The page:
When you make a will, you name one or more executors to be responsible for carrying out the wishes you express in it. Beneficiaries are the people you choose to leave your estate (possessions) to after you die. Your executor and beneficiary can be the same person, and you can leave them as much as you want. In legal terms, there is no problem with this arrangement. However, family circumstances can sometimes make it difficult to handle.
You can be both an executor and a beneficiary, provided the will names you in both capacities. What you must not do is witness the will. A bequest in a will is not valid if the beneficiary (or their spouse) has signed their name as witness. An executor who is also a beneficiary has a dual role. Your primary duty is as executor: you are there to deal with the estate according to the law, and your priority must be to act in the estate's interests before your own interests.
The executor's role
An executor’s three main aims are to identify all the assets of the estate and assess their value; to identify debts and pay them; and to share out the assets in the way the decedent (the person who died) wanted. This involves particular legal and administrative duties. The legal duties are to apply for a grant of probate (called “confirmation” in Scotland) to prove you have the authority to administer the will; and to deal with legal claims against the estate. Administrative duties include getting the death certificate; arranging the funeral; and making an inventory of all the possessions and debts accumulated by the person who died. You must pay the bills and taxes, and prepare accounts. Finally you distribute the legacies and the rest of the estate to all the beneficiaries.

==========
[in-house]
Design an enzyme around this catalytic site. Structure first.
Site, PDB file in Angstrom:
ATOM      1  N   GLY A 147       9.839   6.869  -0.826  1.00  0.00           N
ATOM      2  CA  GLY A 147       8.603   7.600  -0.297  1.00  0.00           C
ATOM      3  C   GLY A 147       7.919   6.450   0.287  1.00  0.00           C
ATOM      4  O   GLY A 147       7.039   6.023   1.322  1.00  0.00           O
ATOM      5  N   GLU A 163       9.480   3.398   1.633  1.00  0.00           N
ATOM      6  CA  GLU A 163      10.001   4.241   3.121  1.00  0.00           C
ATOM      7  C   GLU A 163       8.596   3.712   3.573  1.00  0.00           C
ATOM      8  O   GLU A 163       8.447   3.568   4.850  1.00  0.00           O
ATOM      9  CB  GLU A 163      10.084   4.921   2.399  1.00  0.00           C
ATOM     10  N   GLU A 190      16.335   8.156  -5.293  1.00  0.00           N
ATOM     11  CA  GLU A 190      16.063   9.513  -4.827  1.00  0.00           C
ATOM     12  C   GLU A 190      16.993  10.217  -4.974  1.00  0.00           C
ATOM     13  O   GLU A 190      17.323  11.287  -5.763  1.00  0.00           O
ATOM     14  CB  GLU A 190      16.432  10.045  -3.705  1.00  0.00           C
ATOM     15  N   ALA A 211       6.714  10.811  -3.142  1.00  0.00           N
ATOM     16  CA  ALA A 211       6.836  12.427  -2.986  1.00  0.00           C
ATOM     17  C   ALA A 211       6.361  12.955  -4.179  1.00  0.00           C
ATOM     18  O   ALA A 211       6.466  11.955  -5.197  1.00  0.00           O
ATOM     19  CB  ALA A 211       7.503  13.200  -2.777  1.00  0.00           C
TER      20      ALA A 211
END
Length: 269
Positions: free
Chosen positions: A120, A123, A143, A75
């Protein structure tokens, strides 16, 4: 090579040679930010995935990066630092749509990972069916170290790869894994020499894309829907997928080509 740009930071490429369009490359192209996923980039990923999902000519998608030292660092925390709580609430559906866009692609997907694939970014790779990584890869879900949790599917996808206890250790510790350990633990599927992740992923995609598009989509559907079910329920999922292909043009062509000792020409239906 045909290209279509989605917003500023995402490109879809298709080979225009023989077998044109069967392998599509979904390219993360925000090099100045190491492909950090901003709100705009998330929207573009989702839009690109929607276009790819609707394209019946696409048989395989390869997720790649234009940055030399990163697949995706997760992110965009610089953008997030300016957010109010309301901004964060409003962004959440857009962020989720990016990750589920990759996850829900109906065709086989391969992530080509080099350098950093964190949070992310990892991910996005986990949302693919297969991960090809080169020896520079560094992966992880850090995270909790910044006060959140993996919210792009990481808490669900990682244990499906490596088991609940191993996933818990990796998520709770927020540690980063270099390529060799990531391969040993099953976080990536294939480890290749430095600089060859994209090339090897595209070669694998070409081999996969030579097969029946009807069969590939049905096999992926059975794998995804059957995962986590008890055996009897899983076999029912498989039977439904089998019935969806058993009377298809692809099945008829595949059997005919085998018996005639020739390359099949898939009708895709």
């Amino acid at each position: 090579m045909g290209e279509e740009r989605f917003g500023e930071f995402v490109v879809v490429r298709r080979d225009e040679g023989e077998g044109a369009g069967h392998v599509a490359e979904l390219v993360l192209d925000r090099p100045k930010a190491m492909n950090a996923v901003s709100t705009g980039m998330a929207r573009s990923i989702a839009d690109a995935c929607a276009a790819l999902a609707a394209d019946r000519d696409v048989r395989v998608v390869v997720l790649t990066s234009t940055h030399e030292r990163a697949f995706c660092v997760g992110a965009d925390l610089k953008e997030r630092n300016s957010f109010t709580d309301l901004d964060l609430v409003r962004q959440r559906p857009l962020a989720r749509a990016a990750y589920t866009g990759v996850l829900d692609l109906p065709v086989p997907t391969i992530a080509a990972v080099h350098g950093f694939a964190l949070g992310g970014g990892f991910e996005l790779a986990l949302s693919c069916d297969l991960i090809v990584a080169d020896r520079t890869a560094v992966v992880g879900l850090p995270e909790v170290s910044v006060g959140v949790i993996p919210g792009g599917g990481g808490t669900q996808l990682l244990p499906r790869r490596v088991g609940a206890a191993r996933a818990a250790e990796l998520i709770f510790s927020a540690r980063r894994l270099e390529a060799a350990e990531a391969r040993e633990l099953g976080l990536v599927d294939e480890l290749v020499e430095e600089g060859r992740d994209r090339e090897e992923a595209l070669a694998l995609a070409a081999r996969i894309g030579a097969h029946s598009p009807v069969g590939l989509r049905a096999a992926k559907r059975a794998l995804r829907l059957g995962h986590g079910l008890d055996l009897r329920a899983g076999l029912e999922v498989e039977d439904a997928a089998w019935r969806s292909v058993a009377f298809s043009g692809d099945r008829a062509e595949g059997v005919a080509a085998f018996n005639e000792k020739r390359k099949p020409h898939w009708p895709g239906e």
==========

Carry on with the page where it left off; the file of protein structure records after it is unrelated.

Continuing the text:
Where problems can arise
Dissension or conflicts of interest may arise if you are one of several beneficiaries as well as an executor; or if the main asset is a business and you are the business partner; or if you don’t get on well with the other beneficiaries or family members. They may suspect you of acting unfairly or incompetently, or may dispute the terms of the will. Disputes are more likely where the decedent had married more than once, leaving two or more sets of children or stepchildren, and the emotions surrounding bereavement often make them worse.
If you find your job as executor burdensome, you can hire professional help from, for example, a solicitor or accountant, and pay for it out of the estate. You can renounce your executorship before you start if you feel the job will be too complex, or if family disputes will make it too difficult, as long as you do so before applying for probate. The other executors or next of kin will then take over. In a dispute, professional advice from a solicitor can help sort out the rights, wrongs and legalities, but extreme cases may end up in court.
- Probate Wizard: Can an Executor of a Will Also Be a Beneficiary?
- Wise Wills: What Does the Term "Executor" Mean?
- Willans: Guidelines for Executors
- Lawpack: What Are an Executor's Duties?
- Investopedia: What Should I Consider When I Select an Executor for my Will?
- Bonallack and Bishop: I Am Involved in an Executor Dispute
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